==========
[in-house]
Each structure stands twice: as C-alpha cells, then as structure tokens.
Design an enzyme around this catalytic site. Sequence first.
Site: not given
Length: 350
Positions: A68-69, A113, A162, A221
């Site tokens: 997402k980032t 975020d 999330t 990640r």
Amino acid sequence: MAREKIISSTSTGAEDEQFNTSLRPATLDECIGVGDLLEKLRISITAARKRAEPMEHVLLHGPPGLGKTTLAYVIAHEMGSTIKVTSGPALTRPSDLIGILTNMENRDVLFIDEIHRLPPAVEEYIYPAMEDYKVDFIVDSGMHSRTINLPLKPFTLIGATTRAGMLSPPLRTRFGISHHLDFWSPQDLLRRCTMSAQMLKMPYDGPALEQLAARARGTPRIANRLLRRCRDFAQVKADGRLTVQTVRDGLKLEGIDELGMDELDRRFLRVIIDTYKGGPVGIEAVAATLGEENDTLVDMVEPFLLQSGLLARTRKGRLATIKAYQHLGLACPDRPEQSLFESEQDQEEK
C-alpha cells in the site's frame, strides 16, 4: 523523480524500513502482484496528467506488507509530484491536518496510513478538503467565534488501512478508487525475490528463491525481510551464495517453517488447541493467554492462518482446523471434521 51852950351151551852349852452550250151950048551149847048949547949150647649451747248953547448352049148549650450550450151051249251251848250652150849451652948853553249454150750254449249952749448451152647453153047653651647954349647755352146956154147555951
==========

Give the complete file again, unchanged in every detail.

[in-house]
Each structure stands twice: as C-alpha cells, then as structure tokens.
Design an enzyme around this catalytic site. Sequence first.
Site: not given
Length: 350
Positions: A68-69, A113, A162, A221
């Site tokens: 997402k980032t 975020d 999330t 990640r």
Amino acid sequence: MAREKIISSTSTGAEDEQFNTSLRPATLDECIGVGDLLEKLRISITAARKRAEPMEHVLLHGPPGLGKTTLAYVIAHEMGSTIKVTSGPALTRPSDLIGILTNMENRDVLFIDEIHRLPPAVEEYIYPAMEDYKVDFIVDSGMHSRTINLPLKPFTLIGATTRAGMLSPPLRTRFGISHHLDFWSPQDLLRRCTMSAQMLKMPYDGPALEQLAARARGTPRIANRLLRRCRDFAQVKADGRLTVQTVRDGLKLEGIDELGMDELDRRFLRVIIDTYKGGPVGIEAVAATLGEENDTLVDMVEPFLLQSGLLARTRKGRLATIKAYQHLGLACPDRPEQSLFESEQDQEEK
C-alpha cells in the site's frame, strides 16, 4: 523523480524500513502482484496528467506488507509530484491536518496510513478538503467565534488501512478508487525475490528463491525481510551464495517453517488447541493467554492462518482446523471434521 51852950351151551852349852452550250151950048551149847048949547949150647649451747248953547448352049148549650450550450151051249251251848250652150849451652948853553249454150750254449249952749448451152647453153047653651647954349647755352146956154147555951